CASHMERE, WA / ACCESSWIRE / May 25, 2022 / Cashmere Valley Bank (OTCQX: CSHX) ('Bank'), announced an update to shareholders related to the fair value of the bank's investment portfolio. Specifically, those investments classified as available for sale (AFS) and carried at fair value on the Bank's balance sheet. The fair value of these AFS securities have been adversely impacted by the upward movement of the treasury yield curve during the first three months of 2022. The five-year and ten-year treasury yields increased 116 and 80 basis points, respectively. Generally accepted accounting principles (GAAP) require the Bank to adjust the carrying value of its AFS securities portfolio to the portfolio's fair value at each reporting date. As the treasury yield curve increases, the fair value of the Bank's AFS securities tend to decline which creates an unrealized loss on the securities. As the yield curve declines, the fair value of the AFS securities tend to increase, which creates an unrealized gain on the securities. At December 31, 2021, the Bank held a net unrealized gain on its AFS securities of $14.2 million and by March 31, 2022 due to the significant increase in the treasury yield curve the net unrealized gain had become a net unrealized loss of $52.7 million. The net impact on the carrying value of the Bank's AFS portfolio was $66.9 million. Under GAAP the offsetting entry for the change is to an account referred to as accumulated other comprehensive income included in the shareholders' equity of the Bank for GAAP purposes. Because this is an unrealized loss it is not included by the Bank's regulators in calculating regulatory capital ratios.
Greg Oakes, President and CEO stated, 'The treasury yield curve movement we witnessed in the early part of 2022 was the fastest rate movement since the early 1980's. Cashmere Valley Bank was affected more than some institutions due to the size of our AFS investment portfolio. While the AFS portfolio is of sound credit quality and the AFS portfolio provides a reliable earnings stream; we determined that the Bank should act to reduce future potential impacts of upward treasury yield curve movements. As such, during the second quarter, we liquidated approximately $54.1 million in AFS treasury and taxable municipal securities at a realized loss of approximately $8.2 million. We further changed the classification of $55.6 million in AFS asset backed and municipal securities from AFS to held to maturity in accordance with GAAP.'
'The sale and held to maturity transfer do not eliminate our unrealized loss, but the actions taken do help to limit our exposure should the treasury yield curve continue to increase. We will continue to evaluate alternatives to moderate the impact of future yield curve increases through held to maturity, sales and hedges.' said Greg Oakes, President and CEO.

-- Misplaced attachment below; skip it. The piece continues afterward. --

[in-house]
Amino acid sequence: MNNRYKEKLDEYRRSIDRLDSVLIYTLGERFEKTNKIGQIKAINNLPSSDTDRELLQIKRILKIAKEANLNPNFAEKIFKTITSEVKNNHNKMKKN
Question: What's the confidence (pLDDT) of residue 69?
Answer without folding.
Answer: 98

Greg Oakes further commented, 'The proceeds from the sales have been partially absorbed into higher rate loans, which should help our future revenue streams. The remainder of the proceeds are currently held as overnight cash to further increase our liquidity position.'
About Cashmere Valley Bank
Cashmere Valley Bank was established September 24, 1932 and now has 11 retail offices in Chelan, Douglas, Kittitas and Yakima Counties and a municipal lending office in King County. The Bank provides business and personal banking, commercial lending, insurance services through its wholly owned subsidiary Mitchell, Reed & Schmitten Insurance, investment services, mortgage services, equipment lease financing, auto and marine dealer financing and municipal lending. The success of Cashmere Valley Bank is the result of maintaining a high level of personal service and controlling expenses so our fees and charges offer our customers the best value available. We remain committed to those principles that we feel are best summarized as, 'the little Bank with the big circle of friends.'
This release may contain certain forward-looking statements that are based on management's current expectations regarding economic, legislative, and regulatory issues that may impact the Bank's earnings in future periods. Forward-looking statements can be identified by the fact that they do not relate strictly to historical or current facts. They often include the words 'believe,' 'expect,' 'intend,' 'anticipate,' 'estimate,' 'will,' 'would,' 'should,' 'could' or 'may.' Factors that could cause future results to vary materially from current management expectations include, but are not limited to, general economic conditions, economic uncertainty in the United States and abroad, changes in interest rates, deposit flows, real estate values, costs or effects of acquisitions, competition, changes in accounting principles, policies or guidelines, legislation or regulation, and other economic, competitive, governmental, regulatory and technological factors affecting the Bank's operations. The Bank undertakes no obligation to release publicly the result of any revisions to these forward-looking statements that may be made to reflect events or circumstances after the date of this press release or to reflect the occurrence of unanticipated events.
Greg Oakes, CEO, (509) 782-2092
Mike Lundstrom, CFO, (509) 782-5495
SOURCE: Cashmere Valley Bank
View source version on accesswire.com: